By Christopher W. Taylor
Greece and Alexandria were the centers of learning in the classical times. In the dark ages of Europe, however, the Arabic people were the only major learning countries in the world. By 1200 to 1300 C.E., Europe was, again, the center of learning (Dampier 252).
In the Elizabethan Age, what we now call science was known as natural philosophy. After Christopher Columbus reached the New World in 1492, the person who was mostly responsible for the revolution in science was Nicolaus Copernicus (1473-1543). Thomas Digges (d. 1595), an English engineer and mathematician, adopted the Copernican view of the heavens as an immense space with stars. Elizabeth had an influence on science when she appointed John Dee (1527-1608), a Welsh astrologer and mathematician, to consider a reform of the calendar (Dampier 254).
Elizabethan England’s most prominent naturalist was Edward Wotton (1492-1555), who collected data on plants and animals. Because of the increasing interest on nature, more books were published on botany and gardens were flourishing. William Turner, an early field naturalist, for example, published books on herbals from 1551 through 1568.
William Gilbert of Colchester (1540-1603) was one of the first Englishmen to experiment in the physical sciences. In his book De Magnete, he discussed contemporary ideas on electricity and magnetism. One of his experiments involved showing that a magnetic needle would dip towards the north pole when freely suspended. He also was responsible for coining the word electricity. Elizabeth appreciated his work enough to give him a pension to carry out his work (Dampier 255).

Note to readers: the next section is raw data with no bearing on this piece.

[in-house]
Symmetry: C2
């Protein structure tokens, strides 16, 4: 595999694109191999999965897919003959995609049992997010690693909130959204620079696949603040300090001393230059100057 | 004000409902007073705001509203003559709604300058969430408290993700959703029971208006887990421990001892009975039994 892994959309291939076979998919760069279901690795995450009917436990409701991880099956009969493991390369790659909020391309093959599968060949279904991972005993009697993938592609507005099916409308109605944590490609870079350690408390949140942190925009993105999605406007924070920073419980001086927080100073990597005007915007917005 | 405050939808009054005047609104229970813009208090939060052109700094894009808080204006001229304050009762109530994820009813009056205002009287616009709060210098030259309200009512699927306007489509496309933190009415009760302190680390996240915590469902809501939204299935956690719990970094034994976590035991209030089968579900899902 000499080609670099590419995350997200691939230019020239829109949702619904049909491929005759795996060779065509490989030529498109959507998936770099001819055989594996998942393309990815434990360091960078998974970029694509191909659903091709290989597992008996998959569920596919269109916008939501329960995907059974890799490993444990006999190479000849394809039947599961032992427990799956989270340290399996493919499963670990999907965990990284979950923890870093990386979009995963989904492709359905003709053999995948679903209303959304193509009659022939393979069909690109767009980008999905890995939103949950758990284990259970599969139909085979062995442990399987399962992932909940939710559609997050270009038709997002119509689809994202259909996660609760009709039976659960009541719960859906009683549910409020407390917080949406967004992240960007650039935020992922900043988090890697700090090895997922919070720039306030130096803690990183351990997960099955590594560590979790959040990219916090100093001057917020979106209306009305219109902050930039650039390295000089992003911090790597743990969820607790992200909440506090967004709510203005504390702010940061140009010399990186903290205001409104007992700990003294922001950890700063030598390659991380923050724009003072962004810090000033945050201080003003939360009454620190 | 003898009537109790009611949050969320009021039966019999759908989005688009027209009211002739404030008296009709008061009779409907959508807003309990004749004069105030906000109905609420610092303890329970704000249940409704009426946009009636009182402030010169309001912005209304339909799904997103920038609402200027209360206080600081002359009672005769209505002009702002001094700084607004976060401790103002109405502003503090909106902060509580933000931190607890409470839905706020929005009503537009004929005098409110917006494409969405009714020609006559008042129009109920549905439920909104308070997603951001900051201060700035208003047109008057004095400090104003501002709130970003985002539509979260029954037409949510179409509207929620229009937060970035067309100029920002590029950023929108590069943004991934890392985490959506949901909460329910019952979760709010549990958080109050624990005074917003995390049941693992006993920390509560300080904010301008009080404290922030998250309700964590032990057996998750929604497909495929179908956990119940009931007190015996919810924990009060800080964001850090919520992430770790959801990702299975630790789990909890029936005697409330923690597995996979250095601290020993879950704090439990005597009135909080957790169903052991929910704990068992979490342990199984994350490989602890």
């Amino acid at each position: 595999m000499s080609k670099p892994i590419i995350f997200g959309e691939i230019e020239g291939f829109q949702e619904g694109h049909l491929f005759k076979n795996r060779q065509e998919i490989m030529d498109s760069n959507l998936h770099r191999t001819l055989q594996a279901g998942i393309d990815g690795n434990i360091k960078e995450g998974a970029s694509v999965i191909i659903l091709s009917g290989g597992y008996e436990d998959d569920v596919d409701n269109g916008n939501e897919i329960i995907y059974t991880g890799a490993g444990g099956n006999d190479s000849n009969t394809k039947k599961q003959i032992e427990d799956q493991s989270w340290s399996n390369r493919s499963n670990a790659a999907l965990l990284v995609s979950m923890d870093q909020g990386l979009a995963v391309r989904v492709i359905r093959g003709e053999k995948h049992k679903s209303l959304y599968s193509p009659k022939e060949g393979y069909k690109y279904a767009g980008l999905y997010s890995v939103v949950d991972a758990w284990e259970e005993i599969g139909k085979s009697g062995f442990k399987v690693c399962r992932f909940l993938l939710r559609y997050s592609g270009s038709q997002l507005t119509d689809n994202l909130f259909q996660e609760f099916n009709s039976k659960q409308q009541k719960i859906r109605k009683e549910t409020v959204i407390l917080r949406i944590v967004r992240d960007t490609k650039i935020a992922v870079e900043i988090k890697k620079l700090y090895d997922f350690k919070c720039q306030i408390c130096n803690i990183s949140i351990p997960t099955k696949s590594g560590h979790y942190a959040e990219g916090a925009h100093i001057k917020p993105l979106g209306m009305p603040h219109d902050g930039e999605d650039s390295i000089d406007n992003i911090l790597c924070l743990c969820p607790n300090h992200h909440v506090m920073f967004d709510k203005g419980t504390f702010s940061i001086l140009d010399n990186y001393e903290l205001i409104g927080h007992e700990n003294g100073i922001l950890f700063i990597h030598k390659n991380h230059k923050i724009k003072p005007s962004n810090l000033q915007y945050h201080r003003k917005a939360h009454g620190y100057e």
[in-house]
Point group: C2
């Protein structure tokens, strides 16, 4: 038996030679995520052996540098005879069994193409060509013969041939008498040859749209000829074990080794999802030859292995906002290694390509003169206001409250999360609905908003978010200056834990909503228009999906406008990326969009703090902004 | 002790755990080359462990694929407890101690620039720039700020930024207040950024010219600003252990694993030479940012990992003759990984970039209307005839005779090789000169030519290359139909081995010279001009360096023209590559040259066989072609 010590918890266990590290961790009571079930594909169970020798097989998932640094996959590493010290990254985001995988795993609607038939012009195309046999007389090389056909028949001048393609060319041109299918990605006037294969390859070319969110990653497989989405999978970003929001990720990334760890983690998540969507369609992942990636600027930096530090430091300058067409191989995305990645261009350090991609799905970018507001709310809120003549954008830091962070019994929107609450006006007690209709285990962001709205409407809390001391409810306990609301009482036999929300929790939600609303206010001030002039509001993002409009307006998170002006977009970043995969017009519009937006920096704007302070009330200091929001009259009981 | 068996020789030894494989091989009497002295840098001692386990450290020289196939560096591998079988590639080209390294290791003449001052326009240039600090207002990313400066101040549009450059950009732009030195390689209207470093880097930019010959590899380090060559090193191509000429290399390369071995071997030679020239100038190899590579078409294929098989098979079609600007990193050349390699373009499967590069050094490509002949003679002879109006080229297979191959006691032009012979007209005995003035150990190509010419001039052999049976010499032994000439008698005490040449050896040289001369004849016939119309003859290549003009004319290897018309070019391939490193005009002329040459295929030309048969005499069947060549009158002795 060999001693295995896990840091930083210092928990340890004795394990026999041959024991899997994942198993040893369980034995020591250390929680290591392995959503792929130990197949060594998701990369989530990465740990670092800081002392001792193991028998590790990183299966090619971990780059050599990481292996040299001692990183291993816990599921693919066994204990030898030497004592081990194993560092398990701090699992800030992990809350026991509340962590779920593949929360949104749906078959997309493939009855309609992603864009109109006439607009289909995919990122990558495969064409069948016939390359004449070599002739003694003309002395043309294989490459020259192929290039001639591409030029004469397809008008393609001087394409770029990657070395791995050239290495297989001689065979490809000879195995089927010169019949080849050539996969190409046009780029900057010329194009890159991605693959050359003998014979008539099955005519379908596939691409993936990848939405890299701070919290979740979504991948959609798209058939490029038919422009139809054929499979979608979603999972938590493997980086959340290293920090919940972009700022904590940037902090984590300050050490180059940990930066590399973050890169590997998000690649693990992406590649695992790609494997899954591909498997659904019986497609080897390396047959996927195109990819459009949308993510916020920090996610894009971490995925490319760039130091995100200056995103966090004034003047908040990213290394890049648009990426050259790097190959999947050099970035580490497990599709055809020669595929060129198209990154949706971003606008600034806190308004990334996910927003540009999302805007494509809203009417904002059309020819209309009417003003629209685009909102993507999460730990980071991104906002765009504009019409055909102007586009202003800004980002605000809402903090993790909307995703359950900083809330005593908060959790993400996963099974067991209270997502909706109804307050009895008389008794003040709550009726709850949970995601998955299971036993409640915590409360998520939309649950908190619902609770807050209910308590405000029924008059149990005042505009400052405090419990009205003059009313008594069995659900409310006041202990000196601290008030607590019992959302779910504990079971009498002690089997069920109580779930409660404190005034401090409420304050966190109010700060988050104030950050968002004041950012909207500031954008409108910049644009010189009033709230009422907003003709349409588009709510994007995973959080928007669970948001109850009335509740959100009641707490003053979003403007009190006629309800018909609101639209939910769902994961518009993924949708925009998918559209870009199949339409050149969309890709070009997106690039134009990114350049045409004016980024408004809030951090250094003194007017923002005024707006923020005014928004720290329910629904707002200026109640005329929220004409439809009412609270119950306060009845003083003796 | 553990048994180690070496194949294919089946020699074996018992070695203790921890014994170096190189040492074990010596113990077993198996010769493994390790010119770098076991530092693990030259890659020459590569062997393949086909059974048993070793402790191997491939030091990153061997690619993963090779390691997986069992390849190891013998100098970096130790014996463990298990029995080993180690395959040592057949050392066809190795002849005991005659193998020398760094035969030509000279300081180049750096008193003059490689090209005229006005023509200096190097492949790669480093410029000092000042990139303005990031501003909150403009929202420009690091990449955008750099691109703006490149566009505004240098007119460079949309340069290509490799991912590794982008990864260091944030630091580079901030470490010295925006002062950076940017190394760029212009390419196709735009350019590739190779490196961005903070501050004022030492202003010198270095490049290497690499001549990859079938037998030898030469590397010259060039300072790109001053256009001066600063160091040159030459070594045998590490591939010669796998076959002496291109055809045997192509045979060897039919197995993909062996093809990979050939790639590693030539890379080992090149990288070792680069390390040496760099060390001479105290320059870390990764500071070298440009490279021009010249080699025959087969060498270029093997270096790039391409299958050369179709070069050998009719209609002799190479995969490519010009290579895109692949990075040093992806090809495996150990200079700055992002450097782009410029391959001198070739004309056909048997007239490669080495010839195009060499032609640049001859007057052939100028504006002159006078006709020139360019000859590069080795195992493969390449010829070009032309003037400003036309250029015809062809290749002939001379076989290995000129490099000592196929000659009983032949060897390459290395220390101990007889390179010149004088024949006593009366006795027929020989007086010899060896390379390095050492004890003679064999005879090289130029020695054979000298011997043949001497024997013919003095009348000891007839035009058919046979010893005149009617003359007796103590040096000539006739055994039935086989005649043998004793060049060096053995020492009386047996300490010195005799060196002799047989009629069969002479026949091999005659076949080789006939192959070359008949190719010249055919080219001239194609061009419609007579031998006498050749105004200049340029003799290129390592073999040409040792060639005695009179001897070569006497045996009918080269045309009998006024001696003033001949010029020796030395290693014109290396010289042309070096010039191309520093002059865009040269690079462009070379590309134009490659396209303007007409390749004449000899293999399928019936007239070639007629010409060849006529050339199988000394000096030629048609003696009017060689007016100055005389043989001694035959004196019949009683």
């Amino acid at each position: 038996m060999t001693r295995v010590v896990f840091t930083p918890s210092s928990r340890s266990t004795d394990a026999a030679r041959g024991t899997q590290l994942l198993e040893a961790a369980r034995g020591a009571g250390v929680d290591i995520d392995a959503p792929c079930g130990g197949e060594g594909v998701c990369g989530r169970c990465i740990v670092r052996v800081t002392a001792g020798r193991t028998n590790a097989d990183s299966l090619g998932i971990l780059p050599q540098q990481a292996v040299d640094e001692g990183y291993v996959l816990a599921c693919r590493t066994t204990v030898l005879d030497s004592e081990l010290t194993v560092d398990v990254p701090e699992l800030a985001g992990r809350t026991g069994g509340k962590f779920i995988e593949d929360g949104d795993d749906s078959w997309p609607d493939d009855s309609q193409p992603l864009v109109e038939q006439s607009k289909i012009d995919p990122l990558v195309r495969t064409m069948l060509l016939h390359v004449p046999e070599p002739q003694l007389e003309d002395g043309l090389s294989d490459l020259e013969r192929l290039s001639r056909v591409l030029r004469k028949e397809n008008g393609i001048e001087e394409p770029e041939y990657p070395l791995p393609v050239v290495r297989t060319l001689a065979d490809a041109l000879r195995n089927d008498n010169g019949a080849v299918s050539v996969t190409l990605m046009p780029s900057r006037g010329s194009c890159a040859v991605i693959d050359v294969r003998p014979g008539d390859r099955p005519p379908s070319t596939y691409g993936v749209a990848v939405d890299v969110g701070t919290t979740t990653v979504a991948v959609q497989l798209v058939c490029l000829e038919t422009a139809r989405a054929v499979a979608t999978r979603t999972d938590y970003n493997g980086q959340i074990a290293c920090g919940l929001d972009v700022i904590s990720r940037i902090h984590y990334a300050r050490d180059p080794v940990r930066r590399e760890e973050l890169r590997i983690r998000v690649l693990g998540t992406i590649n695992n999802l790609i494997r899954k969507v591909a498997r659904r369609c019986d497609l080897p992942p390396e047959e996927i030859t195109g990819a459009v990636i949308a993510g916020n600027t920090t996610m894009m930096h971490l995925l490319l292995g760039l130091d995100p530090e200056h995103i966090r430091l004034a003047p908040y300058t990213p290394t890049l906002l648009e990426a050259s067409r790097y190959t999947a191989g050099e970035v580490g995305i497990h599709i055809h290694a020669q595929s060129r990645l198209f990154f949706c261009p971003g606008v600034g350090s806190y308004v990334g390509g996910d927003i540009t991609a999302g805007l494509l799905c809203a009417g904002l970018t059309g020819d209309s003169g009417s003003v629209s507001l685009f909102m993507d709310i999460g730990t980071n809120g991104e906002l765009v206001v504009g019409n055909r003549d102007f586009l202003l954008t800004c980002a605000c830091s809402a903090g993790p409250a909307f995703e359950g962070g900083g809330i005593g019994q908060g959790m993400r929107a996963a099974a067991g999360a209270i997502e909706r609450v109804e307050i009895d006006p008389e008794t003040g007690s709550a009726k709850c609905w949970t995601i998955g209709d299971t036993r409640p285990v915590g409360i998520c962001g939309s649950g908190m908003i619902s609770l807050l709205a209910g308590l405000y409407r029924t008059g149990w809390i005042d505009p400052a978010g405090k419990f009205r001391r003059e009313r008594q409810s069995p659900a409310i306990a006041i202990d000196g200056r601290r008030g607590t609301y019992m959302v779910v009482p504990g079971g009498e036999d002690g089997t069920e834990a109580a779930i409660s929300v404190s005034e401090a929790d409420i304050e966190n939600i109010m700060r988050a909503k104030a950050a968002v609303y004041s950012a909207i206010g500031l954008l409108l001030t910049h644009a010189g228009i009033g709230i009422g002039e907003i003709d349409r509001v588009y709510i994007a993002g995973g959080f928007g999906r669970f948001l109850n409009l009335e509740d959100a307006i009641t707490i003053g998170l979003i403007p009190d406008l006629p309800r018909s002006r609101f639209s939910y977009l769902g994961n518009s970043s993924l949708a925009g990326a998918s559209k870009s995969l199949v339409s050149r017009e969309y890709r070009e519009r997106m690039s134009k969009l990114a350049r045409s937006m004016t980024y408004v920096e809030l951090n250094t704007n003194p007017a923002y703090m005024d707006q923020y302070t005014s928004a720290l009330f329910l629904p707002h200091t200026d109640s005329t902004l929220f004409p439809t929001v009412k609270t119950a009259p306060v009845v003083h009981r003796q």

Francis Bacon (1561-1626) is one of the most important Elizabethan “scientists.” Bacon believed that by acquiring all available data from observations from a particular problem, general laws could be formulated (255). This, according to him, was man’s way of reclaiming the knowledge and power over nature that was given to him by God (“The Birth of Science,” par. 1). Among other things, Bacon is usually credited with bridging the gap between theory and practice (par. 4).
Dampier, William Cecil. “Science.” The Character of England. Ed. Ernest Barker. London: Oxford UP, 1947. 252-79.
“The Birth of Science.” Francis Bacon Society, Incorporated. 16 Apr. 2007. <http://www.baconsocietyinc.org/birth%20of%20science.htm>.